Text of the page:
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In the last few weeks/months I have got more immersed in the world of REST and what it means to build and have a REST application. While at first glance it may seem that REST is a lighter weight version of a web-service implementation, it is by no means the complete answer and I do not believe REST is simply a replacement of Web Services because of how they operate is different.
When developing Object applications, in whatever language, you hit a reality that if your application is successful, then it will grow beyond the confines of the machine/JMV that it runs on, and as such you have to refer to objects that are beyond a single instance of the application's memory space. This can be done using a number of different technologies such as object databases that can map the same object into different application instances, but the locks are maintained by the central server so consistency of the objects are maintained, even if the object is distributed in 100s of applications at a time.
Now technologies such as IIOP (Corba), RMI, DCOM and Web Services have been used to access objects and invoke operations on the instances to retrieve data. This essentially solves the long-wire problem of accessing an object and then returning an instance of the object, the issue here being is that typically a representation of the object that you want is returned, i.e. using Java serialization or XML and the reference to the actual instance is lost, unless you have a known object identity that you are working with.
REST adds the concept of the pointer to the SOA infrastructure in a way that any business object can be referenced by a URL and thus referenced anywhere within the internet/cloud or a single program space. This is something that is not readily available in Web Services and now makes any RESTful resource available to anyone (given the correct permissions). Now this sparks a whole debate on to how to identity a particular object and to detect duplicates etc, this is beyond the scope of this blog but will have the same techniques that are used in the object-oriented world, but now working at the cloud scale.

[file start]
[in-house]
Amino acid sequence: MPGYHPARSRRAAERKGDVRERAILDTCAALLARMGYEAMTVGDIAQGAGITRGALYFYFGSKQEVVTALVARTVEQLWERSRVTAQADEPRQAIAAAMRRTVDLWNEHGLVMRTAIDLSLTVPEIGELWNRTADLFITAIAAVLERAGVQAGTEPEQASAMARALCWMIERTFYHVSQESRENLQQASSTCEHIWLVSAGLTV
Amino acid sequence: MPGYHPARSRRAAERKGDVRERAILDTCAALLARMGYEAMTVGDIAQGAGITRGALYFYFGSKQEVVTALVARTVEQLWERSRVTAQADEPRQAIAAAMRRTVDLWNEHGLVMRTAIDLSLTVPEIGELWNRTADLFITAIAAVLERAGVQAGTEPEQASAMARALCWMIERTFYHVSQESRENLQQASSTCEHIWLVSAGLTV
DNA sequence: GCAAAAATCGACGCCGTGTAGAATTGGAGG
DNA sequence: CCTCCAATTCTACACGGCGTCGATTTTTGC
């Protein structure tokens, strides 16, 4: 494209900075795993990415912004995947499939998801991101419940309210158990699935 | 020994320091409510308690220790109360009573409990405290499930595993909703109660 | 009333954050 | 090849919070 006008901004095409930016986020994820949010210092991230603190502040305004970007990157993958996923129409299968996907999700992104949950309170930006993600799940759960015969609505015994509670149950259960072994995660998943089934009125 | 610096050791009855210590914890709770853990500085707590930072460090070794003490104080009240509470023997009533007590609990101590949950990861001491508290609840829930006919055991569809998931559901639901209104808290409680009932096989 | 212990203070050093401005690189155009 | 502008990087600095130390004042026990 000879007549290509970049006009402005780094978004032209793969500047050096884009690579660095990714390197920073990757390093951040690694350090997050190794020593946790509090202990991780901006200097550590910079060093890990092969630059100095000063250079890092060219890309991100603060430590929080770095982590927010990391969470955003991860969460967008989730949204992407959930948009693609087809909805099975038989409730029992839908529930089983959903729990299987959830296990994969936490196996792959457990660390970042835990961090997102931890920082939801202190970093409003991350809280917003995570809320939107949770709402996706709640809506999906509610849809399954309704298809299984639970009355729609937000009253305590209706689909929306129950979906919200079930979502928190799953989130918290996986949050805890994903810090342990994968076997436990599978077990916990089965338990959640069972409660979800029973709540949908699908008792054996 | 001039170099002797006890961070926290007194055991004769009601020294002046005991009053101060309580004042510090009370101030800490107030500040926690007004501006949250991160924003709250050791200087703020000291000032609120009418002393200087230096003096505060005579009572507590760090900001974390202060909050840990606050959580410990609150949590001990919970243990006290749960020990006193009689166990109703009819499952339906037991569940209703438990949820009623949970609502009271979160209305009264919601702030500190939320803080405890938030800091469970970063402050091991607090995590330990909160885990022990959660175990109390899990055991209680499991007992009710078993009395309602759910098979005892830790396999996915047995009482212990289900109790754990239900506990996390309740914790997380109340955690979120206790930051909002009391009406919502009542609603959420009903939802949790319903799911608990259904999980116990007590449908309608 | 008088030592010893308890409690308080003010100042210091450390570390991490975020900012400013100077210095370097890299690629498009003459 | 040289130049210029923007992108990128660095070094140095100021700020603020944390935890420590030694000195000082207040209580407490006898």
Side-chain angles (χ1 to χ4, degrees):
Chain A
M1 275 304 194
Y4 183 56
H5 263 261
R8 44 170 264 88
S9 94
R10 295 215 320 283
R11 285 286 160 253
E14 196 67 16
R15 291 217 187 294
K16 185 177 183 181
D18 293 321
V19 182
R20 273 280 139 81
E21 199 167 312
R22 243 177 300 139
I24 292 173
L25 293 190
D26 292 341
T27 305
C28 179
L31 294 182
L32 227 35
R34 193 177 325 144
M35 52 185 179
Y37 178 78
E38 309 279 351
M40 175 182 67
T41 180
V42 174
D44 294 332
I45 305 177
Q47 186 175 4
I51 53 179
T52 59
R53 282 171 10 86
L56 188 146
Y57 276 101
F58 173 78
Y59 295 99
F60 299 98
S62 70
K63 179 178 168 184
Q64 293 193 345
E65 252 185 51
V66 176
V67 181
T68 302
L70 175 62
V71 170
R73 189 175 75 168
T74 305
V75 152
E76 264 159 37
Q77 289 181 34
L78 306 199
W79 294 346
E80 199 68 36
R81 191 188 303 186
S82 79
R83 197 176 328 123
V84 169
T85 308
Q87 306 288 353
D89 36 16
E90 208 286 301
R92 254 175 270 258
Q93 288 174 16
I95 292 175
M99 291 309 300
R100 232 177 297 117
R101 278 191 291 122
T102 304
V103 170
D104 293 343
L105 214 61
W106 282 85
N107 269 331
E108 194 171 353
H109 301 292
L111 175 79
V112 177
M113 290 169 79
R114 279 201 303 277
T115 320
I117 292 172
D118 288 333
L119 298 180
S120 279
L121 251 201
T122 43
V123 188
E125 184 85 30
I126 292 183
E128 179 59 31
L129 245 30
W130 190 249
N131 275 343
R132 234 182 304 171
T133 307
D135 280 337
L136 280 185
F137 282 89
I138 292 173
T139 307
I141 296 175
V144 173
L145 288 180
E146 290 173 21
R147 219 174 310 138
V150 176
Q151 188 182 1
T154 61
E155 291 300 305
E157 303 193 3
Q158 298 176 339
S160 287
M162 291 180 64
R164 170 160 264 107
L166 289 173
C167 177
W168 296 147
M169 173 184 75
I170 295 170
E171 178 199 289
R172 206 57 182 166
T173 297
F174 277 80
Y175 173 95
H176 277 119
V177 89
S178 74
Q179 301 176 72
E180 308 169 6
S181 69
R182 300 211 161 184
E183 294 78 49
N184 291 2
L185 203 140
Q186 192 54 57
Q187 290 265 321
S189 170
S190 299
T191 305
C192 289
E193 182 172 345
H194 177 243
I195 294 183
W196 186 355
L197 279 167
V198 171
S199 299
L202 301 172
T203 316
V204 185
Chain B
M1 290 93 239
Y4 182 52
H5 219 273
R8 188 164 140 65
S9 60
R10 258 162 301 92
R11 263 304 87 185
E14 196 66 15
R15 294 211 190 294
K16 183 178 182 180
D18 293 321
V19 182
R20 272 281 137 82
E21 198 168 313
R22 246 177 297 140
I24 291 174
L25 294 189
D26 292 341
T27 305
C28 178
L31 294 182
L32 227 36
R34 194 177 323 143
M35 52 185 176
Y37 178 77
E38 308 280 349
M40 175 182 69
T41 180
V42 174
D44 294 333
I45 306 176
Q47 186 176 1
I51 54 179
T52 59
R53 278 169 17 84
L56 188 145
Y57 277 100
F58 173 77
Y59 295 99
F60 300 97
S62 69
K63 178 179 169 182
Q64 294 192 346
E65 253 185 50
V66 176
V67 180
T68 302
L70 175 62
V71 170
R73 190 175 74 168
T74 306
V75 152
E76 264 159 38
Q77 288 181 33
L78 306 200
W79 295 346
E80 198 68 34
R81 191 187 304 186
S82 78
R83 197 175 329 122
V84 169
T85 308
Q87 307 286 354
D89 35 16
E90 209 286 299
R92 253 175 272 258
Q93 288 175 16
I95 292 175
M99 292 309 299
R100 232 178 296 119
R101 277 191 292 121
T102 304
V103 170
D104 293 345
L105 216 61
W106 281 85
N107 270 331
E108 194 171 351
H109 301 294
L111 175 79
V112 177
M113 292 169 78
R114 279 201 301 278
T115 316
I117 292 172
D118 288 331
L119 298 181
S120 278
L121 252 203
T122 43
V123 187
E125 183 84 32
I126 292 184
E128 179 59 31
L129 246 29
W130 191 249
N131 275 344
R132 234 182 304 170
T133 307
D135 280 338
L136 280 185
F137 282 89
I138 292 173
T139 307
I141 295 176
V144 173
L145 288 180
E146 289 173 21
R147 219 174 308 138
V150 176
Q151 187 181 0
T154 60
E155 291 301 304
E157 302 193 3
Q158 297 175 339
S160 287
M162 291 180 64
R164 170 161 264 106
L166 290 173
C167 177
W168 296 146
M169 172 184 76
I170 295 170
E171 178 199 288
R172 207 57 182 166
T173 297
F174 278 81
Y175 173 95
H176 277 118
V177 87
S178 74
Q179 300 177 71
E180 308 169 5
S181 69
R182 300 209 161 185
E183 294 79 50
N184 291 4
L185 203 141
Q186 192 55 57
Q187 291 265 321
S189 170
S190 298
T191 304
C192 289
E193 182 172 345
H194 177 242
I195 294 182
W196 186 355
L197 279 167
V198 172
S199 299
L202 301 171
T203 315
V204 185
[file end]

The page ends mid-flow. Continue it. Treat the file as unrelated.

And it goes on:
So now that REST gives us some new capabilities, how does this change the current implementations that you are working on? Interestingly, I think many of the challenges existing in the Web Services world still need to be addressed in the REST world, I just believe that REST is probably better able to address some of the immediate ones and in fact just like every Progress customer has another application to connect to Web Services will always be required.
The other cool thing about REST is that I can typically use the services directly from an HTML page on a browser, something that was impossible for Web Services because HTML and WSDL are not compatible. However, there is still the need to mediate REST in the same way that applied to Web-Services, for instance to be able to turn a switch to expose the same business entity as REST and Web-Service and in fact any possible protocol. Allowing external access to your business objects will require caching and a level of indirection to provide for maintenance, performance, etc., and the virtualization of the underlying technology to ensure that an object is not a manifestation of the technology that stores it, i.e. database tables and rows are not part of the object serialization. Security, Quality of Service (QoS) and Quality of Protection (QoP) are observed along with SLA commitments and the ability to monetize the object and charge accordingly. This last point maybe very interesting as it would allow organizations to potentially charge for access to their data for different reasons and allow IT to start to become a profit-center rather than just a cost-center - something that I think people will look at as they invest in the cloud.
Now I think that the promise of REST is very interesting, in more ways than Web Services was, but whether the ideal is purely based around REST or a hybrid of many technologies is going to depend on the goal of what is to be achieved. In any event, it is very exciting.
View all posts from David Millman on the Progress blog. Connect with us about all things application development and deployment, data integration and digital business.
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